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Washington Post: How Should the U.S. Respond to the Protests in the Middle East?

Commentators: Steven Heydemann, Stephen J. Hadley, Principal, RiceHadley Gates, LLC, Aaron David Miller, Danielle Pletka, Hussein Agha, Robert Malley, International Crisis Group, Marina Ottaway, senior associate, Carnegie Endowment for International Peace's Democracy and Rule of Law Project, Andrew Albertson, and Ed Husain, Adjunct Senior Fellow for Middle Eastern Studies
January 31, 2011



Vice president at the U.S. Institute of Peace and special adviser to the Muslim World Initiative

Arab regimes are reeling from the aftershocks of events in Tunisia. Governments in Egypt and Yemen are the focus of mass protests expressing the anger that many Arab citizens feel toward their leaders. Surprises are possible, but it is most likely that the Egyptian and Yemeni regimes will survive these "days of rage."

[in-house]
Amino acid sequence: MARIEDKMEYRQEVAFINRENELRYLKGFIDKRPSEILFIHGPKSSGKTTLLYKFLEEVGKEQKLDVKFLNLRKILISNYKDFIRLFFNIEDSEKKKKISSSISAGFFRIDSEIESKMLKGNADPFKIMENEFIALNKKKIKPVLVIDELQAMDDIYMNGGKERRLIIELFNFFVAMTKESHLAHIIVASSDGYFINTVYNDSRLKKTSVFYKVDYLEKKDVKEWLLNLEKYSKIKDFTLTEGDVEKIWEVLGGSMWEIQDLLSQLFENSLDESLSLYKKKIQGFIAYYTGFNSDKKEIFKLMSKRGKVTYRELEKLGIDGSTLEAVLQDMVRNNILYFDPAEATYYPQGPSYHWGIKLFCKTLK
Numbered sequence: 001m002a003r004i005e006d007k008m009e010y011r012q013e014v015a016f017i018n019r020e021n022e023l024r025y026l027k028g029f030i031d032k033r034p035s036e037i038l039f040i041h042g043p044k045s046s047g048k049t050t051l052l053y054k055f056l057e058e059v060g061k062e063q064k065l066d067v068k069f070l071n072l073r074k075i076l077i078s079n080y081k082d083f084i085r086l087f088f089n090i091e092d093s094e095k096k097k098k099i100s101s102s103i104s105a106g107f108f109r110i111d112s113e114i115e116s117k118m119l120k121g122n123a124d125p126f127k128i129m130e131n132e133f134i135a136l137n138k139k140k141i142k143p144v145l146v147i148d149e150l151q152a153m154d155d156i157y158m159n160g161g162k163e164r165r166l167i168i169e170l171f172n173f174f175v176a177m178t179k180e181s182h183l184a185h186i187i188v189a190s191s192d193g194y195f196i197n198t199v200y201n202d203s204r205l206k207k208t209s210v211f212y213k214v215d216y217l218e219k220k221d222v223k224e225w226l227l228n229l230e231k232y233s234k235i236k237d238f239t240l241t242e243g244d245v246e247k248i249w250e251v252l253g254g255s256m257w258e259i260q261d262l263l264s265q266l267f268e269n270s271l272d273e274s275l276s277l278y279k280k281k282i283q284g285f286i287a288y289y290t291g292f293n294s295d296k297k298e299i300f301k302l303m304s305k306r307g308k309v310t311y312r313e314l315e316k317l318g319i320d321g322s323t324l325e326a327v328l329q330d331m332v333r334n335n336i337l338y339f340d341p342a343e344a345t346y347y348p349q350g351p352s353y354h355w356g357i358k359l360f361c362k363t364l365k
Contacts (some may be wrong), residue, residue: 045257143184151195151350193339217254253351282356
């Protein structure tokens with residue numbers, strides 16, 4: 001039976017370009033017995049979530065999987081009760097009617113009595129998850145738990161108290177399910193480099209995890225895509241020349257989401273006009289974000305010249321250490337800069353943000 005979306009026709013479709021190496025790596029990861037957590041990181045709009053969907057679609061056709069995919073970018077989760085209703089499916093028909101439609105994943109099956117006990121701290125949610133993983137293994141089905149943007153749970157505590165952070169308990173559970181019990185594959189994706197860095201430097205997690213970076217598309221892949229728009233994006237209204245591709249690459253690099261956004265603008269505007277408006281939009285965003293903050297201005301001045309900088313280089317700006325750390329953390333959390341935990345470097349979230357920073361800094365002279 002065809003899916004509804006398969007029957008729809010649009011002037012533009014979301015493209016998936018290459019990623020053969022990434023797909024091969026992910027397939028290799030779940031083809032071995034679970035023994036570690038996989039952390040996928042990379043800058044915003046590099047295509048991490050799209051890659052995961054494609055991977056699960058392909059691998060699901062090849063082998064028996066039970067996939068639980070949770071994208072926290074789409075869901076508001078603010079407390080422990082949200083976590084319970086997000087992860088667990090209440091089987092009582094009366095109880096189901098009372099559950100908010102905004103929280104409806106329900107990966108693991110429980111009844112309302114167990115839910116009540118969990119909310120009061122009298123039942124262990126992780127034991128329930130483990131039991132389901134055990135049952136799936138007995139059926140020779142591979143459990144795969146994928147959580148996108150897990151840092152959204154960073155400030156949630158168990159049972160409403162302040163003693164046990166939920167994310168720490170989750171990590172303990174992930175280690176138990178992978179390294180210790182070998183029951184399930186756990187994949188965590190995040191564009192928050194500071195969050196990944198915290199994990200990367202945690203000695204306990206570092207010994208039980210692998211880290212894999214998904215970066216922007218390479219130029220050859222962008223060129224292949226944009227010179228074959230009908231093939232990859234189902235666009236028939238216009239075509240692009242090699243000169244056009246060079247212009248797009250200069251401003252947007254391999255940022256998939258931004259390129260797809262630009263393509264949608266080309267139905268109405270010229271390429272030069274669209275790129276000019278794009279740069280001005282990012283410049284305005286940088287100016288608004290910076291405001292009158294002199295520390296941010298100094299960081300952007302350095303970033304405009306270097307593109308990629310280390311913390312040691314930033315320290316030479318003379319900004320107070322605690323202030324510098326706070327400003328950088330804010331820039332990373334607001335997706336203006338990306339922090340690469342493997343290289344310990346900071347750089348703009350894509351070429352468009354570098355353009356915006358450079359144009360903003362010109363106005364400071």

After the truncheons have done their work, what are U.S. options? The administration has an extraordinary opportunity to reinvigorate support for democratic reform in the Arab world. For decades, supporters of reform have struggled to make a convincing case that Arab democracy is in America's interest. Fear of Islam and a strong preference for stability have long trumped arguments about the damage to U.S. interests of supporting authoritarian regimes. The recent uprisings demonstrate just how misguided these calculations have been. U.S. interests are poorly served by regimes that have lost the confidence of their people. Illegitimacy and instability are now linked; the connection provides compelling justification for a more assertive U.S. approach to political reform in the Arab world.

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